• Infectious: Infections of the musculoskeletal structures in this region can arise from direct inoculation or spread from another source.
  • Inflammatory: This category includes inflammatory conditions not caused by infection or malignancy. Examples are ankylosing spondylitis and sacroiliitis. Chronic inflammation can give rise to spinal arthritis.
  • Metabolic: Calcium and bone metabolism can cause the symptoms. Osteoporosis and osteosclerosis are examples.
  • Referred pain: Visceral organ inflammation can cause referred back pain. Examples are biliary colic, lung disease, and aortic or vertebral artery pathology.
  • Postural: Spending long hours in an upright position can cause back pain. Pregnancy and certain occupations can predispose people to postural back pain.
  • Congenital: Inborn conditions of the axial skeleton can cause the symptoms. Examples are kyphoscoliosis and tethered spinal cord.
  • Psychiatric: Back pain may also present in patients with chronic pain syndromes and other mental health conditions. Malingering individuals may also claim to have back pain.

The problem's duration must also be considered, as acute back pain often has different sources from chronic back pain. Thorough clinical evaluation and appropriate diagnostic examination are usually enough to determine the exact cause of this symptom. Depending on the findings, referral to specialists such as orthopedic surgeons, neurologists, rheumatologists, or pain management specialists may be necessary for further evaluation and treatment planning.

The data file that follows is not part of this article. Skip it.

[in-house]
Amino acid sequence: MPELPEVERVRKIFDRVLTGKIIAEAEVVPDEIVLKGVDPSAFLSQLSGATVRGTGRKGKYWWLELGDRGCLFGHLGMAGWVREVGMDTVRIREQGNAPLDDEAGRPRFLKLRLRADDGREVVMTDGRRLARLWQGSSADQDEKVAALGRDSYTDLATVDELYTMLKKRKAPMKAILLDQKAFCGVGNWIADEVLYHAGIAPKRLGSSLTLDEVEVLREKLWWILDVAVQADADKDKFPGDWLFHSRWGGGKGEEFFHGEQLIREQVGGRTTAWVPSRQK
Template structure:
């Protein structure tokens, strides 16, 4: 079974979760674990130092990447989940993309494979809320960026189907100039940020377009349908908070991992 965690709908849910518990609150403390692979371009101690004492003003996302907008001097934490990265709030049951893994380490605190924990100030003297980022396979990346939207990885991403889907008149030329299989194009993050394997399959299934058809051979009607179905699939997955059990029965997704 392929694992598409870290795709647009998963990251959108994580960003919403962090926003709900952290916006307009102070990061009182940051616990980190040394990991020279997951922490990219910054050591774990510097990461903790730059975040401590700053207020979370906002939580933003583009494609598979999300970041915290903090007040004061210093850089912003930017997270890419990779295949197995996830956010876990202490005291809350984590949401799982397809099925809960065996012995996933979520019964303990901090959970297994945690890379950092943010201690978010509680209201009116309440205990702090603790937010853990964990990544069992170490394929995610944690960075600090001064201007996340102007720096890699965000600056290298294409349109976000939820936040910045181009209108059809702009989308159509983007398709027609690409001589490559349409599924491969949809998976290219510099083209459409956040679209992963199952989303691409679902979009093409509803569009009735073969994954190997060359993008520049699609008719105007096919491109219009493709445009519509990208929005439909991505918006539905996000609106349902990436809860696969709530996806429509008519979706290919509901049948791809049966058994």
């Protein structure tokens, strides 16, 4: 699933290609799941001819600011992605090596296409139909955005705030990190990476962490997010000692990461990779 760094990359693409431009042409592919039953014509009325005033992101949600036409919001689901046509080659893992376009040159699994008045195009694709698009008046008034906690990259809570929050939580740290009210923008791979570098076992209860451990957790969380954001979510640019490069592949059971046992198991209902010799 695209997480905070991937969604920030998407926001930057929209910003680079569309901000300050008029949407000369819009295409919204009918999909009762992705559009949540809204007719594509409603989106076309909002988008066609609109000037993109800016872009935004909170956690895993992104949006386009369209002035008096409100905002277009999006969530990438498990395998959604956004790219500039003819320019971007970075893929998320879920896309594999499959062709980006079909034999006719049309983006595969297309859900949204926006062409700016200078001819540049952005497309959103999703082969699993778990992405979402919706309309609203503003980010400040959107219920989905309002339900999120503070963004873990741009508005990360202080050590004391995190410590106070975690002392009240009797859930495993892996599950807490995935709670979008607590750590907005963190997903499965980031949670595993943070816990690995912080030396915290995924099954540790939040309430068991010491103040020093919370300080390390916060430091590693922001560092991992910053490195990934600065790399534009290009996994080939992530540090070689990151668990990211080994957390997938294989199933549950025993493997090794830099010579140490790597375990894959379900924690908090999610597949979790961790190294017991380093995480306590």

Back pain is widespread among adults. Studies show that up to 23% of adults worldwide suffer from chronic low back pain, with one-year recurrence rates reaching 24% to 80%.[10][11]. Lifetime back pain prevalence is as high as 84% in adults.[12]

Back pain is less prevalent among pediatric patients than in adults. One Scandinavian study revealed that the point prevalence of back pain was approximately 1% for 12-year-olds and 5% for 15-year-olds. By age 18 for girls and age 20 for boys, 50% would have already experienced at least one episode of back pain.[13] The lifetime prevalence of back pain in adolescents increases steadily with age until it approximates adult levels by 18 years.[14]

History and Physical

Determining the cause of back pain starts with a thorough history and physical examination. The onset of the pain must be established early. Acute back pain, which lasts less than 6 weeks, is usually precipitated by trauma or sudden changes in the course of a chronic illness like malignancy. Chronic cases, which last longer than 12 weeks, may be mechanically related or due to longstanding conditions.